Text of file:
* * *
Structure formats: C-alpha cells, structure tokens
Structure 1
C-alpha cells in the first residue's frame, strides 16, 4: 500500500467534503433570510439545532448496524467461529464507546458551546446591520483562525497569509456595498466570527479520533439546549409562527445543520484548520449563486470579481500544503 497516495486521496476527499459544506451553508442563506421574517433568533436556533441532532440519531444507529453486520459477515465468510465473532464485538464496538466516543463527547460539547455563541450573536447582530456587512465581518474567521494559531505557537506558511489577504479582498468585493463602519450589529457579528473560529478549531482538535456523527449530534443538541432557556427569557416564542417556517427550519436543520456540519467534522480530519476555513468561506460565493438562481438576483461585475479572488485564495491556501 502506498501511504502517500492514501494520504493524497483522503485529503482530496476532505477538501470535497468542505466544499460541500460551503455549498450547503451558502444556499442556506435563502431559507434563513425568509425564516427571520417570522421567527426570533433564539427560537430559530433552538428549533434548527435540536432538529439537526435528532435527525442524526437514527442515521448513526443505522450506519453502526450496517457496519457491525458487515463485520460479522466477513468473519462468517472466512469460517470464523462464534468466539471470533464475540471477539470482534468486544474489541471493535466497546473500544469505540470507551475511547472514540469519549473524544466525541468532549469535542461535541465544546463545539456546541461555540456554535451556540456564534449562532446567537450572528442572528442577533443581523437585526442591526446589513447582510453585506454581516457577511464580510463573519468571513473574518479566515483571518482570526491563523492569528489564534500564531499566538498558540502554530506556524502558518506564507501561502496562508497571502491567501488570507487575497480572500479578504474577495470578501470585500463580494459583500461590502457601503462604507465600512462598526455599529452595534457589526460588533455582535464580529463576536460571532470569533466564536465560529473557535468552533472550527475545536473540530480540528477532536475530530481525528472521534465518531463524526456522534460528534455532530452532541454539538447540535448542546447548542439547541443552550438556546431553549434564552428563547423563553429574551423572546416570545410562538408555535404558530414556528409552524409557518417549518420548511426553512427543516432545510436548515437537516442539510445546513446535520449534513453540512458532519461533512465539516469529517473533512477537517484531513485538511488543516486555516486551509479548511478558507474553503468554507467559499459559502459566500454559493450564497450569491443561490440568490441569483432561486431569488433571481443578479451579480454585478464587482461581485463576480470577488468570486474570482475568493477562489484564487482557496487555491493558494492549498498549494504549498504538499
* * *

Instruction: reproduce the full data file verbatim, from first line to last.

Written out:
Structure formats: C-alpha cells, structure tokens
Structure 1
C-alpha cells in the first residue's frame, strides 16, 4: 500500500467534503433570510439545532448496524467461529464507546458551546446591520483562525497569509456595498466570527479520533439546549409562527445543520484548520449563486470579481500544503 497516495486521496476527499459544506451553508442563506421574517433568533436556533441532532440519531444507529453486520459477515465468510465473532464485538464496538466516543463527547460539547455563541450573536447582530456587512465581518474567521494559531505557537506558511489577504479582498468585493463602519450589529457579528473560529478549531482538535456523527449530534443538541432557556427569557416564542417556517427550519436543520456540519467534522480530519476555513468561506460565493438562481438576483461585475479572488485564495491556501 502506498501511504502517500492514501494520504493524497483522503485529503482530496476532505477538501470535497468542505466544499460541500460551503455549498450547503451558502444556499442556506435563502431559507434563513425568509425564516427571520417570522421567527426570533433564539427560537430559530433552538428549533434548527435540536432538529439537526435528532435527525442524526437514527442515521448513526443505522450506519453502526450496517457496519457491525458487515463485520460479522466477513468473519462468517472466512469460517470464523462464534468466539471470533464475540471477539470482534468486544474489541471493535466497546473500544469505540470507551475511547472514540469519549473524544466525541468532549469535542461535541465544546463545539456546541461555540456554535451556540456564534449562532446567537450572528442572528442577533443581523437585526442591526446589513447582510453585506454581516457577511464580510463573519468571513473574518479566515483571518482570526491563523492569528489564534500564531499566538498558540502554530506556524502558518506564507501561502496562508497571502491567501488570507487575497480572500479578504474577495470578501470585500463580494459583500461590502457601503462604507465600512462598526455599529452595534457589526460588533455582535464580529463576536460571532470569533466564536465560529473557535468552533472550527475545536473540530480540528477532536475530530481525528472521534465518531463524526456522534460528534455532530452532541454539538447540535448542546447548542439547541443552550438556546431553549434564552428563547423563553429574551423572546416570545410562538408555535404558530414556528409552524409557518417549518420548511426553512427543516432545510436548515437537516442539510445546513446535520449534513453540512458532519461533512465539516469529517473533512477537517484531513485538511488543516486555516486551509479548511478558507474553503468554507467559499459559502459566500454559493450564497450569491443561490440568490441569483432561486431569488433571481443578479451579480454585478464587482461581485463576480470577488468570486474570482475568493477562489484564487482557496487555491493558494492549498498549494504549498504538499